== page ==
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Fstab is a nightmare from which i am trying to awake

From dankwiki

dankblog! 2023-06-07, 0628 EDT, at the danktower

mount(2) is surely one of the messiest system calls (i mean ioctl(2) obviously has it beat in terms of sheer area, but that's pretty much the point of ioctl(2)). it's grotesque and grows more rather than less grotesque over time. would-be heroes have several times volunteered as tribute, offering rewrites such as fscommit and fsmount, just two of the more recent attempts to improve on this blight. all have proven still more grotesque than mount(2). and so we beat on, boats against the current, passing a page or more of good ol'

const void *_Nullable data

to be interpreted as it will by different filesystems. "Typically it is a string of comma-separated options." that's the kind of spec i like to code against.

i recently extracted 16 hard drives from my workstation, moving them into a computer in my livingroom, and now must access all my shit over nfs. this has sucked just as much as you'd expect anything involving nfs to suck, as i've winnowed my way towards the magic set of options that ensure i use nfsv4 over tcp and recover reasonably most of the time, in exchange for silent and unrecoverable errors a very small part of the time, i think. anyway, anyone who knows me knows i'm militantly pro-systemd, not because systemd is any inspired or even pleasant bit of software, but because it's so obviously superior to the abjectly unacceptable non-systems that preceded it. so i figure no way has Lennart the P not extended his CamelCase empire to specifying mounts, and go read up on systemd.mount(5), and write up my NFS mounts that way. kertwang! such files are not intended for human use, and general best practice is to still use /etc/fstab, mainly (so far as i can tell) because no one knows about systemd.mount(5) files and even fewer people want to deal with them when /etc/fstab has been getting the job done since BSD 4.0, even if I wouldn't want to bet money on those two numbers at the end of lines (dump? pass? but what does it mean to dump? i think possibly something involving tapes?! all i'm certain of from the top of my head is that if i get it wrong, i'm complexly and esoterically fucked).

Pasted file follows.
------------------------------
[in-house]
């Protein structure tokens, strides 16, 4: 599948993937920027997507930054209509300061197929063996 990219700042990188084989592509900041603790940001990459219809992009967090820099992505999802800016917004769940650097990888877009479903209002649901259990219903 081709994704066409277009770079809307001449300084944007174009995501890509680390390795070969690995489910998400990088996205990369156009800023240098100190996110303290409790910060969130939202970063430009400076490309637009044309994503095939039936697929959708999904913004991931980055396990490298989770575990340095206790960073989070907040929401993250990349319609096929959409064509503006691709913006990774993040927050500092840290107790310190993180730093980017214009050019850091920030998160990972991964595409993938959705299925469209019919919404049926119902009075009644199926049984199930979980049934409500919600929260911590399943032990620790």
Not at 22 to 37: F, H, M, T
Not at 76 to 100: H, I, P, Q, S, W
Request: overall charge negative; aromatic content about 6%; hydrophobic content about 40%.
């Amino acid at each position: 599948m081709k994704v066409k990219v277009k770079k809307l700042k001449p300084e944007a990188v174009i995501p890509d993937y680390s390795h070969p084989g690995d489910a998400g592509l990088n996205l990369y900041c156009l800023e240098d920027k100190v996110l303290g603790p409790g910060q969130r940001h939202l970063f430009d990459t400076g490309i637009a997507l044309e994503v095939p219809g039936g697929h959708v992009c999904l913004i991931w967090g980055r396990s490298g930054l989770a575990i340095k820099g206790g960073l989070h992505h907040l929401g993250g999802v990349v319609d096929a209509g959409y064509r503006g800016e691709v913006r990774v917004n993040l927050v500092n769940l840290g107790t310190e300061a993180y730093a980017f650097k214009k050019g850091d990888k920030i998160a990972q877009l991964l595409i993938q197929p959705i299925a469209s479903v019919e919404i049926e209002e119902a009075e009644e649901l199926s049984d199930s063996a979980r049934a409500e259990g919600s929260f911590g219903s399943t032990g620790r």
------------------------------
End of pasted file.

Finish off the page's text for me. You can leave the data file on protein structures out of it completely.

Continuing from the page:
so then...why have them at all? you're literally training people to continue inspecting only /etc/fstab. aieee.

that we have not really improved upon the horrible sequence of openssl(1) questions in thirty years is an indictment of our entire profession. what's YOUR Organizational Unit, my sister in Christ?

if you've got a couple of computers, you can probably easily watercool them all with a single MORA3, and forgo radiators in the individual machines. i've moved entirely to liquid for this reason. make sure you have quick disconnects so that you can pull individual machines from the loop; there is only one product worth buying, and it is the Koolance QD4.

i'm hopefully moving my big work project to a maintenance state this month, and going on something like a sabbatical for the remainder of the year. i desperately need to edit down my novel and bring it to publication. i furthermore stumbled upon the six chapters i'd written of High-Performance Systems Programming, which i'd thought lost, and that got me all revved up about finishing that effort. my io_uring reference recently hit the top of hackernews, and rightly so—io_uring is the shit and my absolute jam. moving past Stevens means writing about multicore, SMT, cgroups, namespaces, kqueue, eBPF, XDP, DPDK, spdk, great gobs of shit. it needs doing! and there can't be too many people better suited to do it IMHO.

work work work work work work work work work work work work work work work work work

hack on!

previously: "eXtended disquisitions pertaining to eXpress data paths" 2023-04-20